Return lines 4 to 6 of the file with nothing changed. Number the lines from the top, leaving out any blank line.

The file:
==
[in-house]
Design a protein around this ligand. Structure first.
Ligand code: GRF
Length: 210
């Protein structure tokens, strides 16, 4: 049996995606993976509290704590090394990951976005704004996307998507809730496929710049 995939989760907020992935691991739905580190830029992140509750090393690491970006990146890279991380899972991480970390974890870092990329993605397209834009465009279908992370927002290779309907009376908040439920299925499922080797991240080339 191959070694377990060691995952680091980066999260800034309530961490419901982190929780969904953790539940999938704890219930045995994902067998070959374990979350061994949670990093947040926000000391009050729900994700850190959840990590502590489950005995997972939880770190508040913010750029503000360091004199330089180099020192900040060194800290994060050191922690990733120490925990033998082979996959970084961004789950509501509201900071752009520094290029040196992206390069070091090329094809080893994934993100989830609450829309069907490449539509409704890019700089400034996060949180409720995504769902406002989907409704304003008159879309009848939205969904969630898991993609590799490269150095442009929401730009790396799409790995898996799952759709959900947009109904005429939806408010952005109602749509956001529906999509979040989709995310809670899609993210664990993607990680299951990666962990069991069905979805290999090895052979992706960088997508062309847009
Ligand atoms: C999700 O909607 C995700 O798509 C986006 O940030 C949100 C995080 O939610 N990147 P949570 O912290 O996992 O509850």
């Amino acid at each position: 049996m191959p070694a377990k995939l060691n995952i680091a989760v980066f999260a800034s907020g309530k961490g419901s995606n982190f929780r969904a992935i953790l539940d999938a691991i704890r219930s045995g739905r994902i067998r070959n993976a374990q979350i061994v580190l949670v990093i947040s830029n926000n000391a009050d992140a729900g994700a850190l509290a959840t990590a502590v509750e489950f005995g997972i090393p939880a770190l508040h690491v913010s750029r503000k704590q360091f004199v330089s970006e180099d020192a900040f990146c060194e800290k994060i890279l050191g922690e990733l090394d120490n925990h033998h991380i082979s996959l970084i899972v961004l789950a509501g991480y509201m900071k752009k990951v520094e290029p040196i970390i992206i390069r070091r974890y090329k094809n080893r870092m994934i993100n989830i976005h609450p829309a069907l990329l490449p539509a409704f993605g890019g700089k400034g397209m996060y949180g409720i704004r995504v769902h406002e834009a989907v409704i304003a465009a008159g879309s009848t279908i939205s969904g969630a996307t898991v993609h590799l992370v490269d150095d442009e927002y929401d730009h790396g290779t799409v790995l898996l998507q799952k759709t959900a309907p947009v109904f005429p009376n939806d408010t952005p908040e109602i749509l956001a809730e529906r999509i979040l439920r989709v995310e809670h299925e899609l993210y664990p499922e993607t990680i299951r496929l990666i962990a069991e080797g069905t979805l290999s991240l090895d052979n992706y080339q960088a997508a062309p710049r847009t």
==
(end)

Length: 210
């Protein structure tokens, strides 16, 4: 049996995606993976509290704590090394990951976005704004996307998507809730496929710049 995939989760907020992935691991739905580190830029992140509750090393690491970006990146890279991380899972991480970390974890870092990329993605397209834009465009279908992370927002290779309907009376908040439920299925499922080797991240080339 191959070694377990060691995952680091980066999260800034309530961490419901982190929780969904953790539940999938704890219930045995994902067998070959374990979350061994949670990093947040926000000391009050729900994700850190959840990590502590489950005995997972939880770190508040913010750029503000360091004199330089180099020192900040060194800290994060050191922690990733120490925990033998082979996959970084961004789950509501509201900071752009520094290029040196992206390069070091090329094809080893994934993100989830609450829309069907490449539509409704890019700089400034996060949180409720995504769902406002989907409704304003008159879309009848939205969904969630898991993609590799490269150095442009929401730009790396799409790995898996799952759709959900947009109904005429939806408010952005109602749509956001529906999509979040989709995310809670899609993210664990993607990680299951990666962990069991069905979805290999090895052979992706960088997508062309847009
Ligand atoms: C999700 O909607 C995700 O798509 C986006 O940030 C949100 C995080 O939610 N990147 P949570 O912290 O996992 O509850």